Maybe this has happened to you: you're going shopping with one of your parents and the parking lot is really crowded. You're helping out, scouting for an empty space. You see someone heading toward their car, taking their keys out, and you point them out. At last, you're going to get a spot. You wait for the person to pull out so you can park. Does it take them longer because you're waiting? Do they move out faster? Or does it just seem that they do? For information on people's…
Animals respond to chemical cues in different ways. If an animal turns away from a chemical cue, then that chemical is a repellent. If an animal turns toward a chemical cue, then that chemical is an attractant. Attractants and repellents can be airborne chemicals, chemicals found in food, or chemicals that diffuse through water. One example of an airborne chemical is a pheromone, a chemical signal that is released by one individual to attract another. Moths release pheromones to attract…
You'll need: a puck, a hockey stick, a tape measure, at least one helper with a stopwatch and an empty rink. Have your friend start the watch just as you make contact with the puck, and stop it when the puck hits the boards. Measure the distance and divide by the time to get the speed of the puck. With two helpers and two stop watches, you can time the puck at center ice and at the far end. Are the speeds the same? How about if you don't follow through, but stop your stick as soon as it…
If you compare products made primarily for boys with products made primarily girls, you will probably notice differences in colors for the two groups. Why do you think this is? Is it the marketplace responding to gender-based color preferences? Do you think it's the other way around, and the products create gender-based color preferences? Design a survey study to find out if gender actually make a difference in color preferences. Here are some questions you might want to consider when…
Can an authority figure make someone question their own memory? How reliable is eyewitness information? This project looks into these questions. You'll need a poster-sized image that includes many faces, and a volunteers to act as "eyewitnesses." The volunteers are tested individually. The instructions are that they have one minute to examine the poster, and then a fixed amount of time (e.g., 5 minutes) to write down brief, accurate descriptions of all the faces they can remember. They'll…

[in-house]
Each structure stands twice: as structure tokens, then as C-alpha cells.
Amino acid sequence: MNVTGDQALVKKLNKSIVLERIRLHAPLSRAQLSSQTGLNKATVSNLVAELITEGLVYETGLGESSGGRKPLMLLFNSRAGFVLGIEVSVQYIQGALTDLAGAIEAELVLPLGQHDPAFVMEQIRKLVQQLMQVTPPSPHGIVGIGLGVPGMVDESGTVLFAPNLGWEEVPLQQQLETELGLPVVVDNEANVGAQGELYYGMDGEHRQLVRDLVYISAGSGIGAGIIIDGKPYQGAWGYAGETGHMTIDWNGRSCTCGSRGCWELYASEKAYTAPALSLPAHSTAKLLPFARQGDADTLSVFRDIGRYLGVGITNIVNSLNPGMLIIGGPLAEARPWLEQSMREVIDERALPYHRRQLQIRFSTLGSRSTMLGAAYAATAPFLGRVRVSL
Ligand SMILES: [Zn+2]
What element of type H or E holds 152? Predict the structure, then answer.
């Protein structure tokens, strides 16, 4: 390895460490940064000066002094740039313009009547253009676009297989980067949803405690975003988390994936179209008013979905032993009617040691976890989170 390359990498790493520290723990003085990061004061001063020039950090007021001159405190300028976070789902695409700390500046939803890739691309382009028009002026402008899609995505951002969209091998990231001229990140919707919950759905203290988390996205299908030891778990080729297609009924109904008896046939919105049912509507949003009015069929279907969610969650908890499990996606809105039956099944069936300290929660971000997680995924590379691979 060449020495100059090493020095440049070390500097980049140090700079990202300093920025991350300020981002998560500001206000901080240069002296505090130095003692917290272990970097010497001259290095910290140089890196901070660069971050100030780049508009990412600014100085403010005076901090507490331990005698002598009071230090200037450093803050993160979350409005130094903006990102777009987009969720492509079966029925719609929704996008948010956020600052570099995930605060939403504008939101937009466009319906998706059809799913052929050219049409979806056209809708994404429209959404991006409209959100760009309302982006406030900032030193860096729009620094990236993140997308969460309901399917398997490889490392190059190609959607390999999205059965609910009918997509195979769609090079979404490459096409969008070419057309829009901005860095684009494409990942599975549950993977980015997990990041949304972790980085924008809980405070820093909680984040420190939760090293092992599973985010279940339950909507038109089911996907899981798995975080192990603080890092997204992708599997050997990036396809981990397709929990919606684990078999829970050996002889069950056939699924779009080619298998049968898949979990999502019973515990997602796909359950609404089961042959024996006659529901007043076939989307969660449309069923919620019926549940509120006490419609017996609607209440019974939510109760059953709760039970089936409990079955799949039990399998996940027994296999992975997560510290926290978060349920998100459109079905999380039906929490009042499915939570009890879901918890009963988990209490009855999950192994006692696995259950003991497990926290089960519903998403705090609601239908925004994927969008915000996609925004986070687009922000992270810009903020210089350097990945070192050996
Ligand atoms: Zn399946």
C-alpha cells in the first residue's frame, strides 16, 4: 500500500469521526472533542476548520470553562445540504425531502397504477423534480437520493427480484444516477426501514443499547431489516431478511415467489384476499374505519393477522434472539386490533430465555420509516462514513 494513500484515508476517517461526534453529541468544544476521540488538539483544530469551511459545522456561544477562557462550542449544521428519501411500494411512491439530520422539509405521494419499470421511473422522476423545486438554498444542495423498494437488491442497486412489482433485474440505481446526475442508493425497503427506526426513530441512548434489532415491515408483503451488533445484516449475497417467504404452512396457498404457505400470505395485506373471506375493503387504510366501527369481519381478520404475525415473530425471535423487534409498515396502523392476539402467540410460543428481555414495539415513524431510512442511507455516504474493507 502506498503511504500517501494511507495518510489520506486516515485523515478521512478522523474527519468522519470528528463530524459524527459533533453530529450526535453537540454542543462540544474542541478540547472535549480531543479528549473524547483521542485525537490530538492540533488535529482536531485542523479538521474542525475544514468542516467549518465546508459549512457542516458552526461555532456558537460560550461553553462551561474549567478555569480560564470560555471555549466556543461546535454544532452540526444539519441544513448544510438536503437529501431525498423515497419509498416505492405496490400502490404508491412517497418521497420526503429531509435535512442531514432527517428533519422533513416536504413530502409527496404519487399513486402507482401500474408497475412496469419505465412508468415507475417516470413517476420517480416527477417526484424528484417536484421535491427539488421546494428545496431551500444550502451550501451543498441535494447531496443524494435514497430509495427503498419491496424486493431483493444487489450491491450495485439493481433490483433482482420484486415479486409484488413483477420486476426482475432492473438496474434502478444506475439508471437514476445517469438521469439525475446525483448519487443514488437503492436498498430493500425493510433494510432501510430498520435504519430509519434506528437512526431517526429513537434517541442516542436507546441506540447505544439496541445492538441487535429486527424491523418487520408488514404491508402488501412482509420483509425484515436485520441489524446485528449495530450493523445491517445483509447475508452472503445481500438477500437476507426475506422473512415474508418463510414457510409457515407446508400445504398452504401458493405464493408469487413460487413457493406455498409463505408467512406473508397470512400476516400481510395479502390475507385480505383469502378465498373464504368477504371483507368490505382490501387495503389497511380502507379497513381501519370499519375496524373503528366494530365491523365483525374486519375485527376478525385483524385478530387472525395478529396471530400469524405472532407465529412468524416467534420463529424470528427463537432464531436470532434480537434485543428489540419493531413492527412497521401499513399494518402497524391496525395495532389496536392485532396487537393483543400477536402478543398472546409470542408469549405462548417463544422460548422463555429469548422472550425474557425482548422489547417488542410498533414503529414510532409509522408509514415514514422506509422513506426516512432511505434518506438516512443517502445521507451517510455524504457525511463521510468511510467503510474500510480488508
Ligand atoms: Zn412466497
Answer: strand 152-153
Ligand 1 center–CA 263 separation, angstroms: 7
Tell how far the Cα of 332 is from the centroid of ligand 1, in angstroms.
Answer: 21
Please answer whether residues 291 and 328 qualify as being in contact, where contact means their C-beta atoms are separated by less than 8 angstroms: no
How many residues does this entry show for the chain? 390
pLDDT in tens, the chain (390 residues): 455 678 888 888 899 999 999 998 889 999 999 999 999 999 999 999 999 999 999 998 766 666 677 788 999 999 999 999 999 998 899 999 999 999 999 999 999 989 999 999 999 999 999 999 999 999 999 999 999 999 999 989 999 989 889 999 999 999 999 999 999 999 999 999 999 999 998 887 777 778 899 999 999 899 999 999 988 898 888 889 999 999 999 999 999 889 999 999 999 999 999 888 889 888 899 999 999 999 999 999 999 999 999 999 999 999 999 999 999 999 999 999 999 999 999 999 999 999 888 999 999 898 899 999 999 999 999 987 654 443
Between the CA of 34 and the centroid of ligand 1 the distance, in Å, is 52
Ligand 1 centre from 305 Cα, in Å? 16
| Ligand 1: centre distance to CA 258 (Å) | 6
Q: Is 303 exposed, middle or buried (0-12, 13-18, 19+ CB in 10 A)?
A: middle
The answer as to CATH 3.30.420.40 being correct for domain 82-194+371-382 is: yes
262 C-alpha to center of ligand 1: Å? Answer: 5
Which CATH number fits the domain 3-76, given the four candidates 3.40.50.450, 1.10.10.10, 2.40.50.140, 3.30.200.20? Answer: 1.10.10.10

If you like to play Tetris, then you might like this project. You will learn something interesting about the mathematics of complex shapes as you try to prove Pick's Theorem.
The strange shape below is an example of a lattice polygon, which is a polygon whose vertices lie on points in the plane that have integer coordinates.
As you can see, it is a complex shape, but there is an easy way to calculate its area, by simply counting lattice points!
If you count the number of lattice points on…
Many organisms have ways of orienting toward or away from an environmental stimulus. Some of these behaviors are instinctive, meaning they are behaviors with built in instructions that do not need to be learned. The instinctive response to a stimulus is called a taxis, and there are several types of cues: electricity (galvanotaxis), gravity (geotaxis), light (phototaxis), heat (thermotaxis), touch (thigmotaxis) or a chemical (chemotaxis). You can design experiments to test whether organisms…
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Average (6-10 days)
This science project can be done with insects you catch in your own backyard or order from [# ProjectGuide Name="Advanced.ApprovedSuppliers" Value="HtmlAnchor" HtmlText="online vendors" #] such as [# Link Name="Advanced.ApprovedSuppliers.2" Value="HtmlAnchor" HtmlText="Carolina Biological Supply Company" #]
Very Low (under $20)
If you choose to try this science project with small animals (rather than with insects), use caution when handling the animals and always have an adult present. The use of small animals may require [# ProjectGuide Name="Advanced.ScientificReviewCommitteeSRC" Value="HtmlAnchor" HtmlText="SRC approval" #].
Minerals are sometimes precious, like diamonds. But most minerals are very common, like sodium, which is found in salt. How are minerals found and identified? How are our mineral resources distributed? Visit the USGS Mineral Resource Program to find mineral resources in your state. How are satellite images used to identify potential mineral sources? You can also find out how minerals are identified using spectroscopy. How are potentially harmful minerals, like mercury, dealt with? Visit the…
Fill a jar a little more than half full with fresh water. Make a solution of salt water, and add a drop or two of food coloring to it. Pour the salt water solution into a plastic cup with a small hole in the bottom, and then place the cup in the jar with fresh water. (The only connection between the fresh and salt water should be via the hole in the bottom of the cup.) With the right combination of hole size and salt concentration, you will see an oscillating current develop in the jar. …
Does the force of drag have an effect on the distance the puck will travel? Think of a way to launch the puck with a reproducible force, and examine the effect of launching the puck in different orientations on the distance it travels. For more information on the physics, see Haché, 2002.
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